David Shepherd
Guest
David Shepherd

Nat, In order to be more objective towards all sexual orientations, can you say why infidelity is any different from any other propensity from scientific standpoint? Yes, I know the arguments for a moral distinction, but scientists have discovered that there is a correlation between a variant of the gene DRD4 and the propensity to cheat. The gene affects levels of dopamine and as a result ‘it is possible to feel committed to a partner, but still feel the need to cheat on them’. So if a spouse’s eye begins to wander, I think they should immediately get tested for… Read more »

Bill Dilworth
Guest
Bill Dilworth

“In order to be more objective towards all sexual orientations, can you say why infidelity is any different from any other propensity from scientific standpoint?”

Well, for beginners, infidelity is not a sexual orientation. You are attempting to compare apples and bowling balls.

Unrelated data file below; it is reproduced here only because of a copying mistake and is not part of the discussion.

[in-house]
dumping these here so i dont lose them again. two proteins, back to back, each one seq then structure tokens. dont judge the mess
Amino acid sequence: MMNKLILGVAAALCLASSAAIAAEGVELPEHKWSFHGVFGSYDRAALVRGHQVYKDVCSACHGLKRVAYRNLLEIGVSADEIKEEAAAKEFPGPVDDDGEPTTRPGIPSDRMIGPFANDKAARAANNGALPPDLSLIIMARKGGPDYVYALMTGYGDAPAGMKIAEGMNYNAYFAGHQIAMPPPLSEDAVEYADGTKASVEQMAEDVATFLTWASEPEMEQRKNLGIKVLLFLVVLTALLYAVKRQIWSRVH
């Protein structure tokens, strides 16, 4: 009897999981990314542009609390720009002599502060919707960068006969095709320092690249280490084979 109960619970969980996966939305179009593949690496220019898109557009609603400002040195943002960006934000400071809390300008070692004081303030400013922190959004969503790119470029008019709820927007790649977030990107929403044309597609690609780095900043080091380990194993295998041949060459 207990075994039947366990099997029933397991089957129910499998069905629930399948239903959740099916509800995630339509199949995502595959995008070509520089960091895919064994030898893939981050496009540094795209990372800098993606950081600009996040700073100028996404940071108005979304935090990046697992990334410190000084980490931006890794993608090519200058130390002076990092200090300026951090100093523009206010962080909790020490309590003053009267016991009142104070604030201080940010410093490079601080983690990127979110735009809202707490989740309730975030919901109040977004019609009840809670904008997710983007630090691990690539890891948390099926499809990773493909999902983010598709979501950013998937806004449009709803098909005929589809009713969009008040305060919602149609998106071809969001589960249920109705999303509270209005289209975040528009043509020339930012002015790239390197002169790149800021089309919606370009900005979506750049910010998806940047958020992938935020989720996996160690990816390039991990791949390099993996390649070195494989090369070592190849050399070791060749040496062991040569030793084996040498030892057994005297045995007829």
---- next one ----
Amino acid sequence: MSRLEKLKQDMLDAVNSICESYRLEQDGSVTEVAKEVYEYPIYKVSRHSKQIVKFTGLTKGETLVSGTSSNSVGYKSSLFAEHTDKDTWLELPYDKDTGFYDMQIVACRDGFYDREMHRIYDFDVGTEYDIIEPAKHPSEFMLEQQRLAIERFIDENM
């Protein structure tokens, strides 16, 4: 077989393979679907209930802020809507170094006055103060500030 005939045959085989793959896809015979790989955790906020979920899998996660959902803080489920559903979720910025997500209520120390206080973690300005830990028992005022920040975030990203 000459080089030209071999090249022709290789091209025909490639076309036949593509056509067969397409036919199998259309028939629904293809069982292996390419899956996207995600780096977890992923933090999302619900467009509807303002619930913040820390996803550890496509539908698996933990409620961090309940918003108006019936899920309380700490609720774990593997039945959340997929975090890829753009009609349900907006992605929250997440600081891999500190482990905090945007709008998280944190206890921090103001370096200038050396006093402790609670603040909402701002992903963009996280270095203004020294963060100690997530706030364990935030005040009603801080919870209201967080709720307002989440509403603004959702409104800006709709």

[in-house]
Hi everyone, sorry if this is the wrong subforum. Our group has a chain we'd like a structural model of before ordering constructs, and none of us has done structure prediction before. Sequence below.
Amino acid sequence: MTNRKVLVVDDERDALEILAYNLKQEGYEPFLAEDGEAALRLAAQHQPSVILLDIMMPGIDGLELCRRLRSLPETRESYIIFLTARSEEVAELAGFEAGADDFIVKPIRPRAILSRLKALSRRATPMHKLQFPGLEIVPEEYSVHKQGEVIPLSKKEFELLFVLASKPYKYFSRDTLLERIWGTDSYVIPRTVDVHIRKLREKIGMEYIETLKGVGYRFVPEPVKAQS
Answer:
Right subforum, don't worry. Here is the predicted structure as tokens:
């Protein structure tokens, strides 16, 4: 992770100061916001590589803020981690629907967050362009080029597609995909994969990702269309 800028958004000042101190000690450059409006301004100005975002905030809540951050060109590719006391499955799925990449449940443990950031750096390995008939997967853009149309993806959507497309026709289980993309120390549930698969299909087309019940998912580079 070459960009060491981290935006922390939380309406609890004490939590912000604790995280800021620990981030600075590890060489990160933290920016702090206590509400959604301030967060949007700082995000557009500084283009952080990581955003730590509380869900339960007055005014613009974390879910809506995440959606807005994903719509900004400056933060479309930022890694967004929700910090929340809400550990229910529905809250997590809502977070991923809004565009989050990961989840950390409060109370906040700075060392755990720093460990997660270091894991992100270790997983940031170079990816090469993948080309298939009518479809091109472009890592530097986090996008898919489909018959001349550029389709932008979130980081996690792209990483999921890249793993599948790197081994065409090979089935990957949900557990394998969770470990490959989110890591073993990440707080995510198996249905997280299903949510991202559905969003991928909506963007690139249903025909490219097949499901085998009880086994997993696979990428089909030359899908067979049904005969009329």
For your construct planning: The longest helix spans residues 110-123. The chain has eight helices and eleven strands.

Father Ron Smith
Guest

“So what’s your advice? Try to be good? Get gene therapy? Are these parts of scripture rendered obsolete by modern science? In which case, we may as well accept all genetic pre-dispositions and be damned.” – David Sepherd – “Try to be good?” – Yes. Certainly! But as we all know, ‘The spirit is willing but trhe flesh is weak!’ Our pilgrim life on earth is full of fallings and risings – this is why the General Confession is so important at every act of receiving Holy Communion – Confession and Absolution is a regular ritual within the Church Catholic… Read more »

Rosemary Hannah
Guest

The difference David is simple.

Same sex marriage=growth, maturity, love, giving and steps towards life in all its fullness.
Cheating = selfishness, harm, misery for others and a slow death.

By their fruits you shall know them.

JCF
Guest
JCF

Does anyone who (in your terms, David) “cheats” ASK that their cheating be *blessed*?

Until I see evidence that they do, I see your questions, David, as nothing more than Slippery-Slope Concern-Trolling.

Nat
Guest
Nat